State v. Webber

Annotate this Case

513 P.2d 496 (1973)

STATE of Oregon, Respondent, v. Gerald WEBBER, Appellant.

Court of Appeals of Oregon.

Argued and Submitted July 24, 1973.

Decided August 27, 1973.

*497 J. Marvin Kuhn, Deputy Public Defender, Salem, argued the cause for appellant. With him on the brief was Gary D. Babcock, Public Defender, Salem.

John W. Osburn, Sol. Gen., Salem, argued the cause for respondent. With him on the brief were Lee Johnson, Atty. Gen., and John H. Clough, Asst. Atty. Gen., Salem.

Before SCHWAB, C.J., and LANGTRY and THORNTON, JJ.

SCHWAB, Chief Judge.

Defendant was convicted on charges of burglary in a dwelling, former ORS 164.230, armed robbery, former ORS 163.280, and larceny, former ORS 164.310. He was sentenced to ten years on the burglary charge, fifteen years on the armed robbery charge, and ten years on the larceny charge, the sentences to run concurrently. On appeal defendant contends it was error: (1) to enter judgments of conviction and impose sentences on all crimes charged; and (2) to overrule his objections on the grounds of materiality to two exhibits introduced at trial.

The burglary count of the indictment alleged defendant entered the victim's home "with the intent to commit the crime of larceny." The armed robbery count alleged defendant "did feloniously assault and rob, steal and take an automobile registration from" the victim. The larceny count alleged defendant "did feloniously wilfully steal and drive away a 1969 Ford automobile."

The state's evidence established that while the victim was asleep in his Portland residence, somebody struck him from the rear, put a pillowcase over his head and tied him up. The assailant then spent two to three hours in the victim's home, collecting everything of value. The assailant then left, taking items stolen from the victim's person and house, including the automobile registration, and driving away in the victim's 1969 Ford.

After the assailant left, the victim was able to get a gag out of his mouth and yell for help. Police arrived at the victim's residence and, after learning what had occurred, broadcast a description of the victim's automobile.

Several hours later a Washington State Policeman observed the victim's automobile being driven by defendant. The officer learned by radio that the vehicle and operator were being sought by Portland police. Washington officers chased and eventually arrested defendant. They seized many items from the car. It was stipulated between the parties that the items seized from the car included all or most of the things taken from the victim's home.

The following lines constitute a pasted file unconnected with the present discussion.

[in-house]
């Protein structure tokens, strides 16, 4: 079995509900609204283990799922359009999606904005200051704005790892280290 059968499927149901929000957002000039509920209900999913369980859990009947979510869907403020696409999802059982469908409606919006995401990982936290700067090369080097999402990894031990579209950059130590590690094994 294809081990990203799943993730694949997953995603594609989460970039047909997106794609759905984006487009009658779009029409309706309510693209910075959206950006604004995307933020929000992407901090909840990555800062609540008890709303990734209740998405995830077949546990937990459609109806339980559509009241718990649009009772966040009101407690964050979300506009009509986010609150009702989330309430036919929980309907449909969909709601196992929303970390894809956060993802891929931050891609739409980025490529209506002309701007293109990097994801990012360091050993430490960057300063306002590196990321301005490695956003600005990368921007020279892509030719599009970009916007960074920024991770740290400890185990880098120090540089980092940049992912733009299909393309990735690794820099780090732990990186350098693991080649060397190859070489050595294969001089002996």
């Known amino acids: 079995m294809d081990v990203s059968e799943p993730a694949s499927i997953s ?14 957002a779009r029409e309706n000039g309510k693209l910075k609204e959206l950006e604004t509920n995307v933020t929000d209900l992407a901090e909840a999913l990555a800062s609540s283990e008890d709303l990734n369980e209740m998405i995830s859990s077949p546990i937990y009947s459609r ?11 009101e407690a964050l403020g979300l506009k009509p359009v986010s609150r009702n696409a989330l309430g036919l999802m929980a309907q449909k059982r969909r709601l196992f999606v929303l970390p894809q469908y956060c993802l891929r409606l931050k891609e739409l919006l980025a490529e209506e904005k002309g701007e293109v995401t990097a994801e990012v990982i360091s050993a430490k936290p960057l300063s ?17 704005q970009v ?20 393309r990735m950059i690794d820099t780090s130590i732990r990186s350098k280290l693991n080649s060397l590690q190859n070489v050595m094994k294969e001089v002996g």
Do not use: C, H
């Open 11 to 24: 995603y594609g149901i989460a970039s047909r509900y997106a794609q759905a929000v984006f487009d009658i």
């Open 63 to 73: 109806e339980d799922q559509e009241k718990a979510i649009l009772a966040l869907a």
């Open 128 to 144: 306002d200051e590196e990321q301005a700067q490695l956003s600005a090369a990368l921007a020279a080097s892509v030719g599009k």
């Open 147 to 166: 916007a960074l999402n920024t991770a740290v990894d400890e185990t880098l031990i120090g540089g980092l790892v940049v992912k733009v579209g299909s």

Defendant's first contention that it was error to convict and sentence him on all three crimes charged raises questions involving State v. Woolard, 259 Or. 232, 484 P.2d 314, 485 P.2d 1194 (1971), and State v. Welch, 96 Or.Adv.Sh. 631, 505 P.2d 910 (1973). Welch states that whether a defendant's conduct violates different statutes *498 or the same statute more than once is a question of legislative intent. Woolard states that even when separate statutes are violated, whether separate convictions and sentences can be imposed is also a question of legislative intent.

An important preliminary question is whether we should reach the merits of defendant's contention, in light of the fact that no Woolard-Welch objections were made in the trial court.

State v. Farr, 8 Or. App. 78, 492 P.2d 305 (1971), Sup.Ct. review denied, cert. denied Temple v. Oregon, 406 U.S. 973, 92 S. Ct. 2423, 32 L. Ed. 2d 674 (1972), was a case involving a Woolard error in which no objection had been made in the trial court. We regarded that as error apparent on the face of the record in accordance with Rule 5.40 of the rules of this court and disposed of it on its merits. 8 Or. App. at 82, n. 1, 492 P.2d 305.

Since Farr, we have considered Woolard errors in several other cases, without explicit reference to the fact that no objection had been made in the trial court or to Rule 5.40.